Moffat County soccer guts it out with double duty in home finale
For the Craig Press
For a team that’s been faced with a lot of setbacks this spring, one more unusual circumstance came about Thursday afternoon for Moffat County High School girls soccer.
And, as with everything that’s been different than they planned this season, the Bulldogs grit their teeth and got through it as a team.
MCHS powered through not one but two opponents in their final time on their home field, facing not only the Grand Valley squad they were expecting, but also a second foe.
To the home team’s confusion, the bus for the Basalt Longhorns pulled into the MoCo parking lot along with the one carrying the Cardinals. Though the Dogs were originally supposed to play in Basalt next week, a scheduling mishap resulted in the Longhorns coming to Craig.
And, rather than sending the third team home, Moffat County coaches agreed to another game that afternoon.
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The Grand Valley game was already tough enough, given a string of mercy-rule losses in recent weeks — falling 10-0 to Coal Ridge, Delta, Aspen and Middle Park — and a smaller bench due to multiple players out with injuries.
A sweltering heat in the mid-80s also didn’t help, and coaches agreed to institute frequent water break timeouts to avoid athletes from getting dehydrated.
An equally winless Grand Valley was eager to be on the giving side of a beatdown, taking a 5-0 lead in the first half.
With keeper Haley Mendoza stepping into goal for the first time and other players on the field shifted around to new positions, the Bulldogs took some time to get a rhythm going.
The second half was trying too, but Bulldogs amped up their aggression against the Cardinals to ensure it wouldn’t be easy.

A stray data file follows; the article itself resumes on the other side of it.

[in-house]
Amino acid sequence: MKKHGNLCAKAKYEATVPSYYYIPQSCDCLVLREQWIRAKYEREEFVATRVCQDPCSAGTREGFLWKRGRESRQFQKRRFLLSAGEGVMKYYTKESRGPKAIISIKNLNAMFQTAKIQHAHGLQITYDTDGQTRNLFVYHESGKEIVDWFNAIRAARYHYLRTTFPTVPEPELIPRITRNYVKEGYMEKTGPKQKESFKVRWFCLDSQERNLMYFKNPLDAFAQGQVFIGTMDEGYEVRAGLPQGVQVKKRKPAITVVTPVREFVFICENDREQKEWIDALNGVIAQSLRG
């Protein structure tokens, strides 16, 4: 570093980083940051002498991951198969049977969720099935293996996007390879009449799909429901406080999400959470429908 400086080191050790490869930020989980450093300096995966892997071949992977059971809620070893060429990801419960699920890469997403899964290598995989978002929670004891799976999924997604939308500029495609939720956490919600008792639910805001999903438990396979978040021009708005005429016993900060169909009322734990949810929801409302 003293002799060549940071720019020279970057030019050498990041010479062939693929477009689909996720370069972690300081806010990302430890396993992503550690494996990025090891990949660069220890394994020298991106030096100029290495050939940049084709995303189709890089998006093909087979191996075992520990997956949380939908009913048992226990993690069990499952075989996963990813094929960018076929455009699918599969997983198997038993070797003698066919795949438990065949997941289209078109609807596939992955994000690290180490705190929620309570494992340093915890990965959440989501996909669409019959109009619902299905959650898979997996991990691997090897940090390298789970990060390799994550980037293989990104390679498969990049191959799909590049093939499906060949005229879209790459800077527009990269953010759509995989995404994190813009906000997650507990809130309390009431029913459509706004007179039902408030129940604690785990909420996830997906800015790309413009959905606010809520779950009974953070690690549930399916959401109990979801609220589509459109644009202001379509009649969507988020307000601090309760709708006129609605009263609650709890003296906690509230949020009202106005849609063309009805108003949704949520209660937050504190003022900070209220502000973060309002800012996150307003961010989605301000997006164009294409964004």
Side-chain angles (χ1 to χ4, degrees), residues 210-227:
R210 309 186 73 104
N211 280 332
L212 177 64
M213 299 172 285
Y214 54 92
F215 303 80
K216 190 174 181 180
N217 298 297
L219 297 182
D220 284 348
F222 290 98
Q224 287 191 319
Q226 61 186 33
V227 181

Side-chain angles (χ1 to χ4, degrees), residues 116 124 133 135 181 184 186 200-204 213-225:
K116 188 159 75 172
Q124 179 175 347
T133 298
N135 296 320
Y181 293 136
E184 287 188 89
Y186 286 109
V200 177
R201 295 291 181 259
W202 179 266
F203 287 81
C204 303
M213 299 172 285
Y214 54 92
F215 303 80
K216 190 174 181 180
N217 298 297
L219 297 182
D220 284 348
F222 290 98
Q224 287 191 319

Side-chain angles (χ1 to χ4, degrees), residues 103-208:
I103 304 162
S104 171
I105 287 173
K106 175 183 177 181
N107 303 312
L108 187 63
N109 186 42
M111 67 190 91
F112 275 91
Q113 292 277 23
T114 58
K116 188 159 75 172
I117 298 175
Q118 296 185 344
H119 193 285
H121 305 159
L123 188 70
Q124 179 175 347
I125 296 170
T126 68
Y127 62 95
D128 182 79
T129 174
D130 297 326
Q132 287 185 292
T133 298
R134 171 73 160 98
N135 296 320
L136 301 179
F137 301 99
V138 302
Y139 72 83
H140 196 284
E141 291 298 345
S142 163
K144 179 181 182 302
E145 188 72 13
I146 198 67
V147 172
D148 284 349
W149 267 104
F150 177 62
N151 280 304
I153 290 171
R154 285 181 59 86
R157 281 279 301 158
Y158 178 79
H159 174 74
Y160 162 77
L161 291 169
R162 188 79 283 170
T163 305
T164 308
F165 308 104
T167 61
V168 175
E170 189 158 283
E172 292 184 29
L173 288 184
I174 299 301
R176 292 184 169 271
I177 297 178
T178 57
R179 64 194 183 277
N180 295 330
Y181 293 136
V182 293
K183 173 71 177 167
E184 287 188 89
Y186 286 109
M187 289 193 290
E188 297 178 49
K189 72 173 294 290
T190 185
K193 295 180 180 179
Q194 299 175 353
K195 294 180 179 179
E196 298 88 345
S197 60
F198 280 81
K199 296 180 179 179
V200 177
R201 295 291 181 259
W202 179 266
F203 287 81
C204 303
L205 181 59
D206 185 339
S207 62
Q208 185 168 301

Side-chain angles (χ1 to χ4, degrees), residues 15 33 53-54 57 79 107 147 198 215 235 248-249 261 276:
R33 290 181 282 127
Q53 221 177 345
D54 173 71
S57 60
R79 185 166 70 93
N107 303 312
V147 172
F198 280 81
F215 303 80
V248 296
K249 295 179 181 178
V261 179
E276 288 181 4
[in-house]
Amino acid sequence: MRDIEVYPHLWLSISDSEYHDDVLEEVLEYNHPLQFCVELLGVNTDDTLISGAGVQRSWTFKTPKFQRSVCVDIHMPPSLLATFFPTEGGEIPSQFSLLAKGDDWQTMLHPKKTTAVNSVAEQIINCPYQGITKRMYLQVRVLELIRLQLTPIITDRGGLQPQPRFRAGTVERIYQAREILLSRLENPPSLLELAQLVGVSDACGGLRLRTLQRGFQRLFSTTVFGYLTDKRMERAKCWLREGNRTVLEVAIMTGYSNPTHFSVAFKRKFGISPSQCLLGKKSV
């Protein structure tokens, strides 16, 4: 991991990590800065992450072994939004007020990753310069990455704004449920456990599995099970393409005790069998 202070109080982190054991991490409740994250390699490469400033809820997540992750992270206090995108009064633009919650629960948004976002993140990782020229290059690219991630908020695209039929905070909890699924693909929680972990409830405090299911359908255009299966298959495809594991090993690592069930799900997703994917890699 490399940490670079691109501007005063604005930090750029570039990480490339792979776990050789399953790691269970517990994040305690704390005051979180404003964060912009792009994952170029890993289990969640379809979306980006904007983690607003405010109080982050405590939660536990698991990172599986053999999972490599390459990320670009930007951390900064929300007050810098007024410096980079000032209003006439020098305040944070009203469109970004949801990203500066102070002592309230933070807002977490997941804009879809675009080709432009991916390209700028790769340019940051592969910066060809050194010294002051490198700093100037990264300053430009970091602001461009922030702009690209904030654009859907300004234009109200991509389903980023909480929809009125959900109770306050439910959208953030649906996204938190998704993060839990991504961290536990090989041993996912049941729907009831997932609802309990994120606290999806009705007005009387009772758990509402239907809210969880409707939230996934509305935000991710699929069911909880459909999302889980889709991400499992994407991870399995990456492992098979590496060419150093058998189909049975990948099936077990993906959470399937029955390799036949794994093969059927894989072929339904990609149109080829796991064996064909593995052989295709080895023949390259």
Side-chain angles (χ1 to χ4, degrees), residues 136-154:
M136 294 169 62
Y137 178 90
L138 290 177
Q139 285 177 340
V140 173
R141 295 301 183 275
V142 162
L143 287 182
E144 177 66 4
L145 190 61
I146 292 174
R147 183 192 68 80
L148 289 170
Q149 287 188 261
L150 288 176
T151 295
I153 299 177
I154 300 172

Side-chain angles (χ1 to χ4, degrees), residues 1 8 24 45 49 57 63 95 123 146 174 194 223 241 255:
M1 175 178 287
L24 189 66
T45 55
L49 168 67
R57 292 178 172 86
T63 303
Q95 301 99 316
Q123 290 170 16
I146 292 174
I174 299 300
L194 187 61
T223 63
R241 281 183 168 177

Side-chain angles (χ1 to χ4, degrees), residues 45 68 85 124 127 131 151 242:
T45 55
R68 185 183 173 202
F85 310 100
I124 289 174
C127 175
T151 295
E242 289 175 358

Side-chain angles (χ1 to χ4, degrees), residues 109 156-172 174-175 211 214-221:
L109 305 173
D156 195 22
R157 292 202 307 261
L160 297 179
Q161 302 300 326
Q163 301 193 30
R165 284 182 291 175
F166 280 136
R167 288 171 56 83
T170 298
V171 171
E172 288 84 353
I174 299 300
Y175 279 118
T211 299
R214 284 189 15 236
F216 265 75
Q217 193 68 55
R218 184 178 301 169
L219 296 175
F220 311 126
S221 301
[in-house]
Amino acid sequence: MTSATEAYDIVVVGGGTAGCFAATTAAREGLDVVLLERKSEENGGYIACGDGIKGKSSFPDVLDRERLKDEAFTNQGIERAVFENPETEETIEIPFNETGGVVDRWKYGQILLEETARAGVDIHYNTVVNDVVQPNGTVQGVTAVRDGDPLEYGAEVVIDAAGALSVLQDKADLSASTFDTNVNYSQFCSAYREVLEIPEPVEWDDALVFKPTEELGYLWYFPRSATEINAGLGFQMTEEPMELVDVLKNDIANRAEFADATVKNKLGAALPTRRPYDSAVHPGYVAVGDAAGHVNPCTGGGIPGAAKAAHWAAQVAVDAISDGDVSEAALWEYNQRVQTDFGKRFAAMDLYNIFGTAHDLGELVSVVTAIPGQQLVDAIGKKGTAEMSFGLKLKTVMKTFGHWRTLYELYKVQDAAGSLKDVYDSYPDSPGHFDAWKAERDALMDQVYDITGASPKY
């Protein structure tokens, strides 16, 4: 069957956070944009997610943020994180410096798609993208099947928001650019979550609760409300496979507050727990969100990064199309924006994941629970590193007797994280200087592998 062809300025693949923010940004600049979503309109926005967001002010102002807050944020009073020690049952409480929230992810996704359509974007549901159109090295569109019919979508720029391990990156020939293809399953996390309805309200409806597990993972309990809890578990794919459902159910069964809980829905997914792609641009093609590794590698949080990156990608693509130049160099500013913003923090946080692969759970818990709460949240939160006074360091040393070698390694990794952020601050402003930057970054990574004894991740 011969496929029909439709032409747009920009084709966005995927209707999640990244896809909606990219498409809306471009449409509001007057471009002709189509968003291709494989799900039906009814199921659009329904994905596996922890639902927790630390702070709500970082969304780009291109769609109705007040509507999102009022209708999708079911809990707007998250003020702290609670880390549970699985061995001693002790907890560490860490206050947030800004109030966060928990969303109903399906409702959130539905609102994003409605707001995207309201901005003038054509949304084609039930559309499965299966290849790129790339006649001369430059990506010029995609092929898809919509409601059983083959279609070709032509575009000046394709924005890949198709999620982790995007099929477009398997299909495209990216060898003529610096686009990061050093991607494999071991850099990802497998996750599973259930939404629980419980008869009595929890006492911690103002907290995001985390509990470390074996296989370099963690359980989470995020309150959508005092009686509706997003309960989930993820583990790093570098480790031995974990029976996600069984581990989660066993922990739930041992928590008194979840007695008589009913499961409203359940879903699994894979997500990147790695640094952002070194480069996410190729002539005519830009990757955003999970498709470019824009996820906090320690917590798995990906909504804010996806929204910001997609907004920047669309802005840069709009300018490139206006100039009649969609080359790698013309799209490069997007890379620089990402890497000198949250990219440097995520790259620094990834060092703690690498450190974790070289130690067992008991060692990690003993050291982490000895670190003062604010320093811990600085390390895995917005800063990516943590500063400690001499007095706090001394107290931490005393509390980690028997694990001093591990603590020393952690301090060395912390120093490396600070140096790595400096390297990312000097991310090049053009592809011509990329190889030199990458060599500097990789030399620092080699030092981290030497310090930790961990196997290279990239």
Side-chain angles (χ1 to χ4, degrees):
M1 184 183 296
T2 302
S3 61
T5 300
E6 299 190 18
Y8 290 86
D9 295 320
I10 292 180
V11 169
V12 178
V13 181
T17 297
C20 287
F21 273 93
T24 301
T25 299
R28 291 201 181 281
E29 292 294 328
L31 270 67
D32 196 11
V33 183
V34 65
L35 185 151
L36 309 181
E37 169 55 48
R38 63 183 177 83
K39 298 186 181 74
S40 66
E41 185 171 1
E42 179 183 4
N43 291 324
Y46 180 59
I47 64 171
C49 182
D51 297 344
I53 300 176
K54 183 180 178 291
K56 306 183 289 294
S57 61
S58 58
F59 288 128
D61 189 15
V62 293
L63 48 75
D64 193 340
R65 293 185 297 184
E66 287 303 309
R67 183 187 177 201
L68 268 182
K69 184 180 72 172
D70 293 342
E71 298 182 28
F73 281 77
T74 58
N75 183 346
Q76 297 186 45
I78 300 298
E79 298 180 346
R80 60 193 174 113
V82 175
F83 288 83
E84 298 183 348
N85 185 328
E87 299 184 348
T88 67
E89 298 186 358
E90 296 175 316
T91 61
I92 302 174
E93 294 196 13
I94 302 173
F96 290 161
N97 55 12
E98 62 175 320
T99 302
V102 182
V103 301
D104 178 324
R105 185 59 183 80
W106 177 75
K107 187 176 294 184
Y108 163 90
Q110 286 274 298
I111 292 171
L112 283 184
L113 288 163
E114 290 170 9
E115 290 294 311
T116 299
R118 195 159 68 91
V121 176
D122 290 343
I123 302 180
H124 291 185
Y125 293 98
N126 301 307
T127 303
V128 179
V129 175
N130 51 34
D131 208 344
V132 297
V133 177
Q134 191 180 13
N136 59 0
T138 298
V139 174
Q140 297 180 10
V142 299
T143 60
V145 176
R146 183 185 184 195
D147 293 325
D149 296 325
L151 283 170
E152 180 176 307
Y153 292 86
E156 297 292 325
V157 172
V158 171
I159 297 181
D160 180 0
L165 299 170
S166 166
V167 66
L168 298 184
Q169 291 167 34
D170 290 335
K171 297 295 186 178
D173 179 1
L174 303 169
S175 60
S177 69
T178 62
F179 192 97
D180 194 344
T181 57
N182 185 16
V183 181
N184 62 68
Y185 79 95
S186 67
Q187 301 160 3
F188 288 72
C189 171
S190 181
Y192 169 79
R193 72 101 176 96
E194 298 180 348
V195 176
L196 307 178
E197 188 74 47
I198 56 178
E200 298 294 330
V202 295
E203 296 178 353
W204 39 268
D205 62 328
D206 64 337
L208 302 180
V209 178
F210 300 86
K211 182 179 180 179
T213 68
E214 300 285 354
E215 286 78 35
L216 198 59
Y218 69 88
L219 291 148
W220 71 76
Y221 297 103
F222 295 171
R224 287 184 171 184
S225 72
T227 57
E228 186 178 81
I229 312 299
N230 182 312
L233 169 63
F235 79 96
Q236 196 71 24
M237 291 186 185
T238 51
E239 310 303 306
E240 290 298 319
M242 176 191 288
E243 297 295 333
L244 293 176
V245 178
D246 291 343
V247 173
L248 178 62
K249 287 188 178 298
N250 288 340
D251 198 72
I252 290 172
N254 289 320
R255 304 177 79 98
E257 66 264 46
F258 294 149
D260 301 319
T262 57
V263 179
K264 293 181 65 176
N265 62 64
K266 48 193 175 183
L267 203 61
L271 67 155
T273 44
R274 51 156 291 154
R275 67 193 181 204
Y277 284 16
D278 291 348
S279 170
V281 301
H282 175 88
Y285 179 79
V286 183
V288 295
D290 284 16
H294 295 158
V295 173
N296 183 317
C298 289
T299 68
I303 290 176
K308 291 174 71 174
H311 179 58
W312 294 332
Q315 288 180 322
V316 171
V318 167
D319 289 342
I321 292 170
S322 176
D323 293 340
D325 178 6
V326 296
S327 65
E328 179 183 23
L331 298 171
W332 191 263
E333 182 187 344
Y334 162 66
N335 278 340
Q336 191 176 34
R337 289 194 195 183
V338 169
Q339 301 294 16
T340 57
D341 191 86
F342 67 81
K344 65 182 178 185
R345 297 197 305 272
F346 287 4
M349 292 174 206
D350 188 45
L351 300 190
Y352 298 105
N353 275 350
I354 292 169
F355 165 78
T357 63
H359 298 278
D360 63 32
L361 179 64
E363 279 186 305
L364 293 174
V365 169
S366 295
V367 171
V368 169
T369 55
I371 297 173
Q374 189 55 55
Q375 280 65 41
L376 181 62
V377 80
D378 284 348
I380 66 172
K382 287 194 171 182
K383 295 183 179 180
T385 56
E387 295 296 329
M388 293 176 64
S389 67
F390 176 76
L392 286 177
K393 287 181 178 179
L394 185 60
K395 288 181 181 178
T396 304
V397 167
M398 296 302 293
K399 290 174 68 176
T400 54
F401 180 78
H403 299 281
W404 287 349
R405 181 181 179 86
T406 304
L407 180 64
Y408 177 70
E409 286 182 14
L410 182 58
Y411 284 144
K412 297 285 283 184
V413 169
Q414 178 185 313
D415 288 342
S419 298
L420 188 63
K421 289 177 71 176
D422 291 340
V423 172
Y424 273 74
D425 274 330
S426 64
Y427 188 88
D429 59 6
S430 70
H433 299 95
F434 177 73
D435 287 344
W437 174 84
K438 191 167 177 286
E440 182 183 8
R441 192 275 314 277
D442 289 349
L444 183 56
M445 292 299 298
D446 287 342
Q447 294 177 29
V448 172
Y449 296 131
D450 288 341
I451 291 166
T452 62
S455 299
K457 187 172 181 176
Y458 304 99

On the negative side, Grand Valley still put four more in the net, yet the positive was a full game without a loss by double digits, the first such score for MoCo since an 8-0 defeat in Rifle.
“They’ve really had to adapt to a lot of changes,” MCHS head coach Chelsea Suazo said of her players. “For what we have and the numbers we’re playing with, I think we’re doing well. They’re still enjoying it and trying their hardest.”
While they might have otherwise been celebrating a result that was a little better than they hoped, the Dogs only had a brief respite before they went back on the field against Basalt.
Due to MCHS’s disadvantage in already being weary, the format was reconfigured to a 9-on-9 field with 30-minute halves rather than the usual 40.
Again, it wasn’t easy as the Longhorns attacked the box to get it to 4-0 before the break, but the first game also taught the home team where they needed to tune up things.
“I feel like we’re talking more, so it’s easier, and our defense is coming up more and helping me a lot more,” Mendoza said.
With plenty of deflections thanks to being more emboldened, Mendoza was forced to come out of goal late in the game to ice a wounded wrist after several shots got past her, and from there Basalt swiftly scored enough to make it 10-0 with about 10 minutes remaining.
While much of the team is on the young side, captain Ofelia Quezada was one of the upperclassmen to take command this season after being part of Bulldog soccer throughout her high school career.
Through this year, she’s worked to keep an atmosphere of support and positivity.
“It has been rough, but we still have fun and that’s what matters,” Quezada said. “We all stay really united and keep each other going, even when we want to give up. We all build each other back up.”
Fellow senior Kelsey McDiffett is in her first and only season with the team, and though conditions were tougher than she expected, she has appreciated the rapport.
“Everyone seems to really get along, maybe because we don’t have that many girls,” McDiffett said, adding that the small group has banded together amid hard times.
MCHS will face Grand Valley once again on the road June 12 to round out their season.
For the athletes returning for 2022 — hopefully without a schedule that runs into June — Suazo is ready to keep building in what will also be her sophomore season as head of the team.
“I think we’re realizing with the amount of new talent we have and the lack of a middle school program that we really need to focus on foundations with the girls,” Suazo said. “More conditioning, more basics so we can move forward.”
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